Sheriff James Early is an old-fashioned lawman in late 1940s Kansas confronted with a gruesome murder and a daylight bank robbery that leads him on a futile chase. The outrageous robbery is a welcome distraction to the brutal axe murder of a local schoolteacher, Judith Smitts. Early is a good-hearted, cowboy lawman with a pregnant wife, more at home on the range than facing the ugly realities of his job. Investigating the murdered woman’s past, the sheriff discovers connections to a newly-formed Israel that belie the unassuming lifestyle of a teacher, wife and mother.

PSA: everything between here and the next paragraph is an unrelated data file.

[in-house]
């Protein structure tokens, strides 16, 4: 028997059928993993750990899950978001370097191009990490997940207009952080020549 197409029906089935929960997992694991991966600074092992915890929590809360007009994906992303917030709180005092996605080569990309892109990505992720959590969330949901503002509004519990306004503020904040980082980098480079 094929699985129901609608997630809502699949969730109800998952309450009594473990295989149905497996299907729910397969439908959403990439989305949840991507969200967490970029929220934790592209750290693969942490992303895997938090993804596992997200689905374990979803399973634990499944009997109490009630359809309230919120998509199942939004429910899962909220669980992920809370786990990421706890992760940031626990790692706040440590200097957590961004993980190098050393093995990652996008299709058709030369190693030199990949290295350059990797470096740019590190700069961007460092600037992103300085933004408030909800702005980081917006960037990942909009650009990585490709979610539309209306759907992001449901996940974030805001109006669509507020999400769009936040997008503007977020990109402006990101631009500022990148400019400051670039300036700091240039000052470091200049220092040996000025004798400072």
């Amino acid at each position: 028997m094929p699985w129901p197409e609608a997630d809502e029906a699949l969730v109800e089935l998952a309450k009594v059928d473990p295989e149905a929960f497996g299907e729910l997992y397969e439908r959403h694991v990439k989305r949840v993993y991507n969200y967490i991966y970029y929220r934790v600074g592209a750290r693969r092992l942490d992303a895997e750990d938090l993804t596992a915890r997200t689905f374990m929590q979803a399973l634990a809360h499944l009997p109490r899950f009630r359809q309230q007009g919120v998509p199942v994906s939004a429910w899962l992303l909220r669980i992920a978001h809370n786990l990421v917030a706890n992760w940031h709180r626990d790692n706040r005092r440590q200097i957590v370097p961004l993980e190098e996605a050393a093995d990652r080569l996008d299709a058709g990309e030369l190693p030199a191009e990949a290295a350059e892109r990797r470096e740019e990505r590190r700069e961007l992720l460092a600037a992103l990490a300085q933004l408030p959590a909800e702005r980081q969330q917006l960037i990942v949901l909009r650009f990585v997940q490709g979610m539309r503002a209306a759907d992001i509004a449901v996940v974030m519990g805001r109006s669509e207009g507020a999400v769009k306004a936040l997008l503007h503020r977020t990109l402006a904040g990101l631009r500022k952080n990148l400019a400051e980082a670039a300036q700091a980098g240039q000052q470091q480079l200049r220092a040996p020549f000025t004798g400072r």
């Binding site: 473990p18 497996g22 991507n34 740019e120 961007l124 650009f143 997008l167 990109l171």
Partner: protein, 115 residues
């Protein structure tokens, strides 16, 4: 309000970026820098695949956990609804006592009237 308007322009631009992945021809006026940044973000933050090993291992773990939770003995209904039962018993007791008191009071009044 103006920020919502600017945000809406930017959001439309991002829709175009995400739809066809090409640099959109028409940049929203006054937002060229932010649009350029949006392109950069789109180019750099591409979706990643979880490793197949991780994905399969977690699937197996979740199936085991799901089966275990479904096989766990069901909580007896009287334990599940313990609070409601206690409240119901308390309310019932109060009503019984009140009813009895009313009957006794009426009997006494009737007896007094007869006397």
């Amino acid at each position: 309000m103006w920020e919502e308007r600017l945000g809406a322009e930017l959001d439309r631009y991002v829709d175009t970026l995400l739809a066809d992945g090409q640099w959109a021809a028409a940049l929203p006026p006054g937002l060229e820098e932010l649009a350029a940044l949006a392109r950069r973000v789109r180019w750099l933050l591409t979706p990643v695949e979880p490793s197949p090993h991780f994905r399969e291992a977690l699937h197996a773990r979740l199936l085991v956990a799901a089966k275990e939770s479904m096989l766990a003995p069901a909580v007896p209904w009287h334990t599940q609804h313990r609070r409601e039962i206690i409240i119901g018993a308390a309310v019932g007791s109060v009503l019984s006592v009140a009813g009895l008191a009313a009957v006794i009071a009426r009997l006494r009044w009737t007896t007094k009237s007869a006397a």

Peterson sprinkles his homey, but ultimately tragic tale with eccentric characters and quirky events: a conversation with President Harry Truman while in Kansas City to interview a witness, a spontaneous friendship with a black railroad worker, an audacious bank robber, an Israeli agent, and a homeless old man who provides a critical link to the killer. At the heart of all is a conscientious sheriff who solves the murder only to suffer a heartbreaking loss, an ex-foot soldier who personifies the landscape of post-WWII America.